Atlantic Cities

Would You Sleep in a Hostel That's Also a Birdhouse?

Would You Sleep in a Hostel That's Also a Birdhouse?
Thomas Savage

While it may not be as exciting as swimming with the dolphins, sleeping with the birds is a perfectly acceptable way to commune with nature. And it may be possible to do so in future England, should a risk-loving capitalist ever bankroll Thomas Savage's mad hostels-that-transform-into-birdhouses concept.

Don't worry, humans: You would not need to regurgitate food into the mouths of chicks as part of the deal. People and birds would not simultaneously live in these queer structures, which Savage would like to see go up in the northeastern port town of Blyth. Sunscreen-slathered land mammals would take over in the summer, when the weather's nice and recreations like camping and sailing are popular. When the months start to turn cold, humans would leave to make room for flocks of migrating birds, which in this sector of the world means loons, sea ducks, golden plovers and flapping fieldfares (actual scientific name: Turdus Pilaris).

Given that the birds would come to think of the inns as their own personal vacation homes, there's bound to be some overlap in occupancy. Let's hope that Savage has planned for all surfaces to be easy to clean, as a vacation could easily be ruined by a horde of gulls carpet-bombing the premises. On the upside, people wouldn't need to pack alarm clocks due to the happy tweet-cheep-SQUAWK of birds greeting the day.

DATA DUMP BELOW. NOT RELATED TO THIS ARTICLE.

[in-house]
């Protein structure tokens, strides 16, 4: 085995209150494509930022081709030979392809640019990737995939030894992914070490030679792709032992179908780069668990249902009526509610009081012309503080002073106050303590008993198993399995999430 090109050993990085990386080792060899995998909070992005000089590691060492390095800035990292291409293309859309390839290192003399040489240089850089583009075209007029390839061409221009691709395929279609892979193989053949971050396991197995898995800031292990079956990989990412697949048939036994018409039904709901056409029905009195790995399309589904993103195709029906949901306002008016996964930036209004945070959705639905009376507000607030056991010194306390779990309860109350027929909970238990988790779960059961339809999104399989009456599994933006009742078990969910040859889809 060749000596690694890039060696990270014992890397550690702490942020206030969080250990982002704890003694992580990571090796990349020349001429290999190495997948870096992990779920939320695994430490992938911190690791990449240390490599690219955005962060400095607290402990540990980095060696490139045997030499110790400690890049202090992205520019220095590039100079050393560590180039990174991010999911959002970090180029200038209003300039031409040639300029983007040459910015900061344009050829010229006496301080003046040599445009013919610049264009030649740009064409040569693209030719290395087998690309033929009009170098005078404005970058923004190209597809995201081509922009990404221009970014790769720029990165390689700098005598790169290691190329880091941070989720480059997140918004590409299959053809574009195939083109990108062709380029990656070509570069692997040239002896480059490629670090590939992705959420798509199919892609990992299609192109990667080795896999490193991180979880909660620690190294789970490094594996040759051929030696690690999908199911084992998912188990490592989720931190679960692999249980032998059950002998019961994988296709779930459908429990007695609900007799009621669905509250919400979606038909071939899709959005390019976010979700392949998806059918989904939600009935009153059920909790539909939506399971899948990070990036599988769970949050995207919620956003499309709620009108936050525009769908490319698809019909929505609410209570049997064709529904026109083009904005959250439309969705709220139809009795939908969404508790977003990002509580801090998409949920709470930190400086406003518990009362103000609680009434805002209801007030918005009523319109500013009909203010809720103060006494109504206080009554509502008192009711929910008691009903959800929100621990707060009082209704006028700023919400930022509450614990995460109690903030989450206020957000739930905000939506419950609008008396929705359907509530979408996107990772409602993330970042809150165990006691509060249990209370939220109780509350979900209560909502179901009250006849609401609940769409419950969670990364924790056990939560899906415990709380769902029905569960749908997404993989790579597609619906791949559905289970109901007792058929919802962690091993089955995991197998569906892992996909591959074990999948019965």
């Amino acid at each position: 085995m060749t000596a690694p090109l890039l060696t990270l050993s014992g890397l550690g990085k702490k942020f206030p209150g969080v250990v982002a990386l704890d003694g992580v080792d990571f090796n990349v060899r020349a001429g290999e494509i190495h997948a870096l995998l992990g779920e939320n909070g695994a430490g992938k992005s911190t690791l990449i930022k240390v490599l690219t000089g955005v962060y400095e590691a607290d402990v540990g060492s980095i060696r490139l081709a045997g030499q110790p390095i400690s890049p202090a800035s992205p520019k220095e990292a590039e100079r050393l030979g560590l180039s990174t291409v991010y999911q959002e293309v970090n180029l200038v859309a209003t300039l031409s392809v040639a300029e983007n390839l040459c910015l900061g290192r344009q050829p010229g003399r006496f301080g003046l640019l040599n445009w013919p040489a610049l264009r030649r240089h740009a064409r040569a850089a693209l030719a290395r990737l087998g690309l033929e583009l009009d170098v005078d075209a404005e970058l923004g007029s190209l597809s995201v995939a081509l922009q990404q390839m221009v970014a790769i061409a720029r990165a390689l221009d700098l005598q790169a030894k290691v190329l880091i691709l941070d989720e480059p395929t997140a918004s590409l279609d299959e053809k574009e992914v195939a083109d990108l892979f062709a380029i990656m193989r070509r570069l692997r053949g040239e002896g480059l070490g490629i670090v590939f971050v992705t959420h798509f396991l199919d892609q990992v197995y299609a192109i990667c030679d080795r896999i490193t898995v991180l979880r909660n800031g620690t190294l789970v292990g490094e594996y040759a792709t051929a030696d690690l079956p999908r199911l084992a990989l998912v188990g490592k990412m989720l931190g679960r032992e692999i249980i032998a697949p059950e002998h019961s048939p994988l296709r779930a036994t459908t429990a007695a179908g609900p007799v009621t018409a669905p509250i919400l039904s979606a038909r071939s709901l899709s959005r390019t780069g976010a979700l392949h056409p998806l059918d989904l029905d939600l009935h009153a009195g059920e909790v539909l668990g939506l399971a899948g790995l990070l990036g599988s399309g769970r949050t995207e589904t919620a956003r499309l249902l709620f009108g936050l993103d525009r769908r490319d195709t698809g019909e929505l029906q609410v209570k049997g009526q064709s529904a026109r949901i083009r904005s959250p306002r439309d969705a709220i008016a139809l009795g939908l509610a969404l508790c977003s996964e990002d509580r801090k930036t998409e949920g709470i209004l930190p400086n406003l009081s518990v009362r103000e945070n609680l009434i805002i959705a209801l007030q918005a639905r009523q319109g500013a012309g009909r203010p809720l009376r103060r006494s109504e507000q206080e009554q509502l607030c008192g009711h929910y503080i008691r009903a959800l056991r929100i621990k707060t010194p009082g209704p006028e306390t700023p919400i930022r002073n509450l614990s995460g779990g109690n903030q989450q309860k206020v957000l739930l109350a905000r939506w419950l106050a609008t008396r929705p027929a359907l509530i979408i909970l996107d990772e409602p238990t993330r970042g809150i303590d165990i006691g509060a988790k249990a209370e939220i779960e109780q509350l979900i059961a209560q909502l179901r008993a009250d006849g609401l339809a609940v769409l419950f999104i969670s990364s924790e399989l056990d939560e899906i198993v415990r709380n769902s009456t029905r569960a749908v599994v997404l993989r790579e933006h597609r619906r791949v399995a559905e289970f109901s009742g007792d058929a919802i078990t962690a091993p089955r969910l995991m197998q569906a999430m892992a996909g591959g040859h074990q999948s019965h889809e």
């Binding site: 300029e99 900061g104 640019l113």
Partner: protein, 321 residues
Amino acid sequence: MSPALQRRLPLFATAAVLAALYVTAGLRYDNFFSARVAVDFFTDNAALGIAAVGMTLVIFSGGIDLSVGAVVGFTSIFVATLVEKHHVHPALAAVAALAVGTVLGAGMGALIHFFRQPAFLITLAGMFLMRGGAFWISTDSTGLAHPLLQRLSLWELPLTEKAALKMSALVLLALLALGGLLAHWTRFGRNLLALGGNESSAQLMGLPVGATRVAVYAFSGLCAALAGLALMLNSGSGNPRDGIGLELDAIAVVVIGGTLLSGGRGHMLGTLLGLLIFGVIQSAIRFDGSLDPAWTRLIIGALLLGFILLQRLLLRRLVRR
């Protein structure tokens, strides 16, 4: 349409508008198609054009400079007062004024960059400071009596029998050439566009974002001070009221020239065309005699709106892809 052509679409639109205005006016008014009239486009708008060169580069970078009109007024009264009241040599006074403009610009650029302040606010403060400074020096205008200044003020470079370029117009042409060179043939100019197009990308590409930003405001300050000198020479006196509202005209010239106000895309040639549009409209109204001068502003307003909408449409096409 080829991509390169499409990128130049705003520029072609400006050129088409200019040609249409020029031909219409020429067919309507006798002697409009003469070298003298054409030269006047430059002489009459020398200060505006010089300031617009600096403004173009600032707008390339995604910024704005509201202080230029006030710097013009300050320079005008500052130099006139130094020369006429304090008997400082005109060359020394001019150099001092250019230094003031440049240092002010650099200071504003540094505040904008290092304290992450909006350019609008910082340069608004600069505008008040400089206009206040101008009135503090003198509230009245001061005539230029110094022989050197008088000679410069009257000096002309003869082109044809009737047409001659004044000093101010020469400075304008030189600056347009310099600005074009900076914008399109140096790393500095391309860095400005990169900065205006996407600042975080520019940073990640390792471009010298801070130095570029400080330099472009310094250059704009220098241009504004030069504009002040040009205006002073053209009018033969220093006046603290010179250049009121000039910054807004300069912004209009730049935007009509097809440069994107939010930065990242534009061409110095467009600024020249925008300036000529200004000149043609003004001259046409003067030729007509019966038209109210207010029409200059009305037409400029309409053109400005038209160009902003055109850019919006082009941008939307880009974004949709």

Savage recently designed these nests-on-stilts as part of an architecture course at Northumbria University; he hasn't contacted the town planners in Blyth to gauge their interest in the project, though he says in an e-mail it "might be a nightmare in planning!" One thing going for the proposed development, aside from its allure to adventure vacationers, is the multiplicity of eco-friendly features that Savage has built in. There are composting toilets and systems for collecting rainwater, making biofuel chips and filtering seawater. A chimneylike stack provides natural ventilation in the summer, while in the winter it gives birds a place to roost:

Here's a rendering of how the rooms in one of the nine-story hostels fit together. No doubt the authorities will deal harshly with anyone who grills a migrating bird over a fire pit:

A hostel in the summer:

This is a hostel after the birds assume control, giving it a creepy, derelict appearance that fits right in with an English beach in winter:

Some of the species the beach lodging could shelter:

The project seen from above:

Images used with permission of Thomas Savage. H/t to Dezeen

John Metcalfe is a staff writer at The Atlantic Cities. All posts »

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